FX cancels 30 Days; Survivorman also ending

Two high-quality but lower-buzz cable reality series are coming to an end.

FX’s only reality series, 30 Days, has been cancelled after three seasons. The show was inspired by Morgan Spurlock’s documentary Super Size Me, and gave one person the chance to live someone else’s life for a month. It first debuted in 2005.

Its cancellation was “confirmed Thursday,” according to Broadcasting & Cable, which reports that although “the decision will leave a void of unscripted shows on the channel, a spokesperson says the network is not shutting down its unscripted development altogether.”

The best episodes were those that starred Spurlock, as the R.J. Cutler-produced series never managed to find anyone as charismatic or articulate who could walk us through the experience like he could. That explains why he was featured in two episodes for the show’s final season. The first two seasons are on DVD (30 Days – Season 1 and 30 Days: The Complete Second Season).

Also done after three seasons: Discovery’s Survivorman, which debuted its third and now final season on Friday. The show features Les Stroud demonstrating how to survive in various situations. Unlike Discovery’s Man vs. Wild, which was revealed to be disingenuous, or even fake, Stroud films the entire series himself. (Its first and second season are on DVD.)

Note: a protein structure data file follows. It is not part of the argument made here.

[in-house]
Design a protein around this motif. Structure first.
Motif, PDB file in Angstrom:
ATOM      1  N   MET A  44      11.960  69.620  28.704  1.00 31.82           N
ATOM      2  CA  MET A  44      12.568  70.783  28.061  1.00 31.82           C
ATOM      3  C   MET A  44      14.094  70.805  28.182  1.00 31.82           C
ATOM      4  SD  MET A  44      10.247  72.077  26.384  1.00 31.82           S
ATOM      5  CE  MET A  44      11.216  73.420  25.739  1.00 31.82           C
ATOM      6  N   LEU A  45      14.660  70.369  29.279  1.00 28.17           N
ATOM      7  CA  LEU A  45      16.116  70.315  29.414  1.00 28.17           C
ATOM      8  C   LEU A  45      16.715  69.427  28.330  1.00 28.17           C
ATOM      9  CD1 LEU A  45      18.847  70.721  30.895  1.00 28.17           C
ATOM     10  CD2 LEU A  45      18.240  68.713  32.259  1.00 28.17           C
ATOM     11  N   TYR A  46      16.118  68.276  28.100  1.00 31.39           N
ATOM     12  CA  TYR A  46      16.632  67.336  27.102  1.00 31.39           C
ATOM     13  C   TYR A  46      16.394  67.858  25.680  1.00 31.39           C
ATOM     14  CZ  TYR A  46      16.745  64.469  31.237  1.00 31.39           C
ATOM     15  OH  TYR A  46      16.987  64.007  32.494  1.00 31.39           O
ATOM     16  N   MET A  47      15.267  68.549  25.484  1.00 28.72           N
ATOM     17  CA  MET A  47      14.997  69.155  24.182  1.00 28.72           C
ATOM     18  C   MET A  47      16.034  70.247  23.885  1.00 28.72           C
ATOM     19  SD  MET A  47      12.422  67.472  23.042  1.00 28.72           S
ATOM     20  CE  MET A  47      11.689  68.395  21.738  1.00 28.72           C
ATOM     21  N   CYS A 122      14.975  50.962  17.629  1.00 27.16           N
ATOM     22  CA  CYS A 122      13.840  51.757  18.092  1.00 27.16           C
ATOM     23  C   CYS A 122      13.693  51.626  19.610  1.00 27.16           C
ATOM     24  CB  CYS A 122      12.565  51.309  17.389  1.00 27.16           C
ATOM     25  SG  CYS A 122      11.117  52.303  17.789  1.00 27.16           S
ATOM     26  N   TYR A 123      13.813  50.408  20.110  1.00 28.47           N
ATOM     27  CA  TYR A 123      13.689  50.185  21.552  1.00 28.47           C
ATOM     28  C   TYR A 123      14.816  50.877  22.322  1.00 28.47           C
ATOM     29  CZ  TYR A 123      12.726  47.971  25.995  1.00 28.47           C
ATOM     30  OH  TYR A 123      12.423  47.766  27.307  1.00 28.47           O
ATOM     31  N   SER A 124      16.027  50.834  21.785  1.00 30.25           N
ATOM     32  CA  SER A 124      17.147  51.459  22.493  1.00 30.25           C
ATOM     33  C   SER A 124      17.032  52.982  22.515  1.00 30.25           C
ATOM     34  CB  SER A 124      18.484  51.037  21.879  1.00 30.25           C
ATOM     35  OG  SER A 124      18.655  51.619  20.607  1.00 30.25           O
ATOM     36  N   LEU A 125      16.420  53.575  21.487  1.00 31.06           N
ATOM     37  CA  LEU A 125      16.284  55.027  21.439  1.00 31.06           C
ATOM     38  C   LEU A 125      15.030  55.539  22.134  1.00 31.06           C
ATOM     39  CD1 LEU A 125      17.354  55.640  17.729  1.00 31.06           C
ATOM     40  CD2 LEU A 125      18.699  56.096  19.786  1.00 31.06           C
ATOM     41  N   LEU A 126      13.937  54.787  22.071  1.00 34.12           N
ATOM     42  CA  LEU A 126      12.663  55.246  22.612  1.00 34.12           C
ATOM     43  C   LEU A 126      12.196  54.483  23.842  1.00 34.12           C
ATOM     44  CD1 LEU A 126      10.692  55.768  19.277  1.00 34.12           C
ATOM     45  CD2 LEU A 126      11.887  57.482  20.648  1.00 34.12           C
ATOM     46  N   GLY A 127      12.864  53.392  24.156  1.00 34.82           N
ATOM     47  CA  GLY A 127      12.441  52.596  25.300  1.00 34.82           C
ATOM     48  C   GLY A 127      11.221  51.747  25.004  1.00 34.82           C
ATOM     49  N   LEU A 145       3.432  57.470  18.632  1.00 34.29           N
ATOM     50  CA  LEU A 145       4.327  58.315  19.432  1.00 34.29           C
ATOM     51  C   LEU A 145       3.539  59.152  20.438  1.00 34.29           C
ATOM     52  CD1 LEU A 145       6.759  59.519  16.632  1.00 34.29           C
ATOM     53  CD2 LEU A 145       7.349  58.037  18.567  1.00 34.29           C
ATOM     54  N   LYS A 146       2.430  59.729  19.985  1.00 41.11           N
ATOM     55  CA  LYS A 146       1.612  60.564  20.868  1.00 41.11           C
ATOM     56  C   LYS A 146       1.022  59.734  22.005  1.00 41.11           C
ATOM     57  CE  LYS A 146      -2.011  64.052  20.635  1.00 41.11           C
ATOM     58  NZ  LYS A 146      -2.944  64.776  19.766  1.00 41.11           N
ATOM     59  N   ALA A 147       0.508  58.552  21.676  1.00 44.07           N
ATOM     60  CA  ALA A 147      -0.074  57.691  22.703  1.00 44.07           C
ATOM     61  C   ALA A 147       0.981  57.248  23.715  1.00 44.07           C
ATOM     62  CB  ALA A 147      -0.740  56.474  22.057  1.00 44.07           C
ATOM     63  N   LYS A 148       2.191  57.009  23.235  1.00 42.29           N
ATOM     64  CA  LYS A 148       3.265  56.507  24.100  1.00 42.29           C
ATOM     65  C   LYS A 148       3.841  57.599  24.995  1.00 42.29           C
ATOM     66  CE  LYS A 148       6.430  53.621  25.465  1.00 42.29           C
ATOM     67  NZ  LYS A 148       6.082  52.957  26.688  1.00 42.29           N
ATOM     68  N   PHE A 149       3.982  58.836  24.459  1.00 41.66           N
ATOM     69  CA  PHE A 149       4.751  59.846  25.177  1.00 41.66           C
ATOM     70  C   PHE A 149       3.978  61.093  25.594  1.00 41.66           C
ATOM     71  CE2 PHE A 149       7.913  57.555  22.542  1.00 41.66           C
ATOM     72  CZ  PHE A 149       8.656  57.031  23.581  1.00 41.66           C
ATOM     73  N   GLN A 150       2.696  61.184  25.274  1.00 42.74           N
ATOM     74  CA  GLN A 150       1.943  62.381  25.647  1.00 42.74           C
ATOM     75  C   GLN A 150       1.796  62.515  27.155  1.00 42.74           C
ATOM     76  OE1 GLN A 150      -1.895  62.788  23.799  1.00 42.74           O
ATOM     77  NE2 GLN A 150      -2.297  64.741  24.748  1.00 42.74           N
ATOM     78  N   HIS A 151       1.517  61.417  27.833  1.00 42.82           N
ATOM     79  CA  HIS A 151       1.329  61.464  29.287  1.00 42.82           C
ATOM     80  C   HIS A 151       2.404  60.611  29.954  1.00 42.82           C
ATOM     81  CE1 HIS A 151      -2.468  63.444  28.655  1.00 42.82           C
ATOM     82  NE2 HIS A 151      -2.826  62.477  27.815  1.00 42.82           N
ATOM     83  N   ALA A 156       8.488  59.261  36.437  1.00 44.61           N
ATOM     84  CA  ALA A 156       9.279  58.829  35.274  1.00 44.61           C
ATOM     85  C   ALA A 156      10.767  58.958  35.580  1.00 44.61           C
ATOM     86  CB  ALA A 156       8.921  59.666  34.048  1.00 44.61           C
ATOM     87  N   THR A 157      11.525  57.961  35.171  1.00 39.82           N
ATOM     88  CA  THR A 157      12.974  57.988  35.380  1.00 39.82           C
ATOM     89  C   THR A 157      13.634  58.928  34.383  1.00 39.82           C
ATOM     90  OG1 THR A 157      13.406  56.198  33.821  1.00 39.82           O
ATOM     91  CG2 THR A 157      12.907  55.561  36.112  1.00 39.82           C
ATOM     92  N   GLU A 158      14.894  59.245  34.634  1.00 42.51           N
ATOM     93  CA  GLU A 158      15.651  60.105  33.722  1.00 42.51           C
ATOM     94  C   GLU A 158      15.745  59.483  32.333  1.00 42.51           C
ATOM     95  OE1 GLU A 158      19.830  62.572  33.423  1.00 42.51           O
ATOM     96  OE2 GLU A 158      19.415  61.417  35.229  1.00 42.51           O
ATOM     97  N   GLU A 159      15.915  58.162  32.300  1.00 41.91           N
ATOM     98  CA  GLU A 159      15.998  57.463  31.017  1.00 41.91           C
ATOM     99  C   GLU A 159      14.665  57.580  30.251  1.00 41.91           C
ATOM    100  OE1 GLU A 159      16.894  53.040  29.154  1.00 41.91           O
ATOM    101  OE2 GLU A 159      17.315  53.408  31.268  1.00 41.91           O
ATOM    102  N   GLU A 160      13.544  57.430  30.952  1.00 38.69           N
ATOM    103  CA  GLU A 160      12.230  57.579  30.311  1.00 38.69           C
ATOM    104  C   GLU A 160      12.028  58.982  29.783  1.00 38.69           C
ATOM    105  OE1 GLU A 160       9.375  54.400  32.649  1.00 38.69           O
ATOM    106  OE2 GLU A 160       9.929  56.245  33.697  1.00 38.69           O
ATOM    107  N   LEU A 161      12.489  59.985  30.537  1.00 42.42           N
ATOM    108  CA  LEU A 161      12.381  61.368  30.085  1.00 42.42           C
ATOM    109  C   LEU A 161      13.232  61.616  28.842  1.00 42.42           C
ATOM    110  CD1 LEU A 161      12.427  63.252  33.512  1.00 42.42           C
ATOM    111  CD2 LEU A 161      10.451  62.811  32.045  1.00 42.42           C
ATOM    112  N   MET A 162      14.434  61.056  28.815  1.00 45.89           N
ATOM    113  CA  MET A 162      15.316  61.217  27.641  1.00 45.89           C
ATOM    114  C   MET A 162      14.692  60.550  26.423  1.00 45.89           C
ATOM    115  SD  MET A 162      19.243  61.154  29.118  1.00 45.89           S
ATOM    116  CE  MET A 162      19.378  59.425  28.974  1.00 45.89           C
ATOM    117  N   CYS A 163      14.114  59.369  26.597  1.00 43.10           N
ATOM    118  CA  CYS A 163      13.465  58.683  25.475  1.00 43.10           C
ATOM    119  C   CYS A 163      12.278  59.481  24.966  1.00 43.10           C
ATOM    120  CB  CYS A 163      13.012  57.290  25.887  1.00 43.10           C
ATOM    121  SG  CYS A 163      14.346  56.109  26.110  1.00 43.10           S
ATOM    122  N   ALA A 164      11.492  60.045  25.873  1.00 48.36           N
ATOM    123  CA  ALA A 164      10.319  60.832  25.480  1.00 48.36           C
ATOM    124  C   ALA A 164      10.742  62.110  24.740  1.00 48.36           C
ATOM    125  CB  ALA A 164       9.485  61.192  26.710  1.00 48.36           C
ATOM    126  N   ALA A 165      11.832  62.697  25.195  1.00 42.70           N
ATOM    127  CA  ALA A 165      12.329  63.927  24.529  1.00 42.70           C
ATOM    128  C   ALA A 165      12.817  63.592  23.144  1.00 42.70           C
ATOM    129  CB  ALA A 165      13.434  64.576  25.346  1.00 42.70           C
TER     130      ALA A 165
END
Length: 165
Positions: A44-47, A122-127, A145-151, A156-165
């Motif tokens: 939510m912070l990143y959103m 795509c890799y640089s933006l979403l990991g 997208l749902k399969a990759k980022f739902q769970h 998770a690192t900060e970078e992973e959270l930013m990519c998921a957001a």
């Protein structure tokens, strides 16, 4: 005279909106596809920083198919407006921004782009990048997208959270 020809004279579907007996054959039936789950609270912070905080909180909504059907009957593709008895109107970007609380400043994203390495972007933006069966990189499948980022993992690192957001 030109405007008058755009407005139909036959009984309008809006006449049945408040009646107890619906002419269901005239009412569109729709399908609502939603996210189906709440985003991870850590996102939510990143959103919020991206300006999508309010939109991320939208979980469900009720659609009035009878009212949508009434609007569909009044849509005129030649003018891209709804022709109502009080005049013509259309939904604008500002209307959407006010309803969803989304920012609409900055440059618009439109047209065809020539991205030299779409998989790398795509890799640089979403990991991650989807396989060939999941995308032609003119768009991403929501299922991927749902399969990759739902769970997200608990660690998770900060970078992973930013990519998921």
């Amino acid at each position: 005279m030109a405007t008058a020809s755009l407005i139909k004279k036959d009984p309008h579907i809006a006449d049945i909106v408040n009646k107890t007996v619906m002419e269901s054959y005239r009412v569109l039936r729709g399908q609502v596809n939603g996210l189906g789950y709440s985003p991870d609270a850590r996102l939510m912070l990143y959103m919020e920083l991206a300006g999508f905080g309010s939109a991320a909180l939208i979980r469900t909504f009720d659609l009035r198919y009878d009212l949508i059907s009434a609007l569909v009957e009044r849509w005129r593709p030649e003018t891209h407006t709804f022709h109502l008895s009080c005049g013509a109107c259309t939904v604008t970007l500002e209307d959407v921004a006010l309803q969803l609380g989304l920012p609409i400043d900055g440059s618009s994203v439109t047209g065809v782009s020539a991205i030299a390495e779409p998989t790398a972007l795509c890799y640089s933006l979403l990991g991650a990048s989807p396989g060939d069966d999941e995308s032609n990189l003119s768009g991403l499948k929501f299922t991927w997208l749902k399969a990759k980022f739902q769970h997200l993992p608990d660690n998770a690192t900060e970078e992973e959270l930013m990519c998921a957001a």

Reuters reports that Stroud “is filming his final adventure in Papua New Guinea this month, which will wrap up his third season as Survivorman,” and “he’s tired of it all and ending his popular series about living in the wild.”

Stroud says, “You can only do seven days surviving without food a certain number of times a year. I’m pleased with what I have done, I’ve been copied around the world, but 25 times I’ve not eaten anything for a week while sleeping on rocks. I need to move on.”

Exclusive: FX Cancels ’30 Days’ [Broadcasting & Cable]
Living in the wild takes toll on TV’s “Survivorman” [Reuters]

about the writer

Andy Dehnart is a journalist who has covered reality television for more than 15 years and created reality blurred in 2000. A member of the Television Critics Association, his writing and criticism about television, culture, and media has appeared on NPR and in Playboy, Buzzfeed, and many other publications. Andy, 36, also directs the journalism program at Stetson University in Florida, where he teaches creative nonfiction and journalism. He has an M.F.A. in nonfiction writing and literature from Bennington College. More about reality blurred and Andy.